How odd to raise a comparison with 9/11 and (presumably) Guantanamo Bay. Of course "this" is not a war, whatever organisations Breivik might have consulted or had links with. What did the Filth think Norway might have done? Started putting people in orange jumpsuits because they had blond hair or right-wing views? It's too bizarre. Breivik murdered a lot of people. He was seen doing it and arrested. He didn't try to kill himself, as some do who do these things. If (here comes the counterfactual) he had managed to escape the police, he might have been killed while being captured, as would eventually have happened. Would that have been an "abrogation of the rule of law"? I only ask.To its credit, Norway has refused to rise to Breivik's provocation. There is nothing that fanatics who see themselves as warriors want more than to provoke an over-reaction. That was the mistake that the United States made after 9/11. Even though Breivik's acts are abnormal and abhorrent, Norway has rightly put him on trial in the normal way, has emphasised that he has rights, and has allowed him to have his say in court, however painful that may be. This is absolutely the correct way to assert the strength of democracy and the rule of law in the face of acts of terror of all kinds. This is not a war. It is a challenge to the rule of law, and it must be met with an assertion of the rule of law, not by its abrogation.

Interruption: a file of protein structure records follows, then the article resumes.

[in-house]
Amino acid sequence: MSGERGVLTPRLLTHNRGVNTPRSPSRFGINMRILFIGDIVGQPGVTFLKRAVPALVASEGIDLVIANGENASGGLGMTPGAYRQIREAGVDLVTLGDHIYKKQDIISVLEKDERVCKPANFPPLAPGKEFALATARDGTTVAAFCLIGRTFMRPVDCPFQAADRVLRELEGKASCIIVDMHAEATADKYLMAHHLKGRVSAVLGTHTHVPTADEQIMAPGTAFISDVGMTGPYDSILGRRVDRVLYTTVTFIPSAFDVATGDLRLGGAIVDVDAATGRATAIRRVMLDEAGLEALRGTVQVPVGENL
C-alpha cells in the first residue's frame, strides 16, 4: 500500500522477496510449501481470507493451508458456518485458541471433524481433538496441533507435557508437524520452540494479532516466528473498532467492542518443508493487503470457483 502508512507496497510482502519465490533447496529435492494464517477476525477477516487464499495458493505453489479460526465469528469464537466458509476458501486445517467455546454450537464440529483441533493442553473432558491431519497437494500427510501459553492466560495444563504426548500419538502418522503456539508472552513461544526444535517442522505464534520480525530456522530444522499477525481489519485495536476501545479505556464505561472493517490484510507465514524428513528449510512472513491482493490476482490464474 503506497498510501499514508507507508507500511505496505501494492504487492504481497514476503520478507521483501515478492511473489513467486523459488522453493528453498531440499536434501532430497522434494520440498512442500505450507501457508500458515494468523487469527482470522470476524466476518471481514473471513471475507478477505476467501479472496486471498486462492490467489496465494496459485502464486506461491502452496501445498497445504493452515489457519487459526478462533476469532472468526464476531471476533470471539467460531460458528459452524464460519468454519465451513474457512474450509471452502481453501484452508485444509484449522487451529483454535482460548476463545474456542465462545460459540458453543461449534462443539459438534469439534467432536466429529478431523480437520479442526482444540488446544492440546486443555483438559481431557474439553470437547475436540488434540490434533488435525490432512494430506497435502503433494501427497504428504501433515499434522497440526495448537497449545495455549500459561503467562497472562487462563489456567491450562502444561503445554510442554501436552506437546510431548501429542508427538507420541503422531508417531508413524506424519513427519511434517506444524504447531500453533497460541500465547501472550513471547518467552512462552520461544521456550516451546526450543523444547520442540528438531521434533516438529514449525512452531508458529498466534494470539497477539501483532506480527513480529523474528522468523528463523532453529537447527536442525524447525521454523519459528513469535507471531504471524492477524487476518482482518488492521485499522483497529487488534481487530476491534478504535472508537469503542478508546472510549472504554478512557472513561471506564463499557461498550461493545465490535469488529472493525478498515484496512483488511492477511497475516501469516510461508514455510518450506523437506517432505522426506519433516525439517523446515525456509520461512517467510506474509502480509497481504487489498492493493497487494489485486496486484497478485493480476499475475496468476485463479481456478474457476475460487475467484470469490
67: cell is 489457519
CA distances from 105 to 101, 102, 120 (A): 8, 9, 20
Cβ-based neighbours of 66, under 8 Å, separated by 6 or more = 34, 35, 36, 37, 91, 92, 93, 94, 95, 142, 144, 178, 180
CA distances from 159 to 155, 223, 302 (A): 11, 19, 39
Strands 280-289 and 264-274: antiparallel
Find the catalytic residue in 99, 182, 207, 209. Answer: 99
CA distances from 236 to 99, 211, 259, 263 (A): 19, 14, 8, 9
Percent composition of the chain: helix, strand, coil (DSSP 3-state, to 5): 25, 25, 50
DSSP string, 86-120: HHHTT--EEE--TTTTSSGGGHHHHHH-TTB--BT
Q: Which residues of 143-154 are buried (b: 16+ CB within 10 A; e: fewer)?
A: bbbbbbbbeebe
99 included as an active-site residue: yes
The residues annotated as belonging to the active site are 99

Wednesday, 18 April 2012
this is not a war
says the Filth, kindly exposed to the world by Norm. Yes I know this is a couple of days old, but hey, I have just been celebrating my birthday and thinking about other things. Anyway, this is what the Filth had to say about the start of the trial of Anders Breivik in Norway.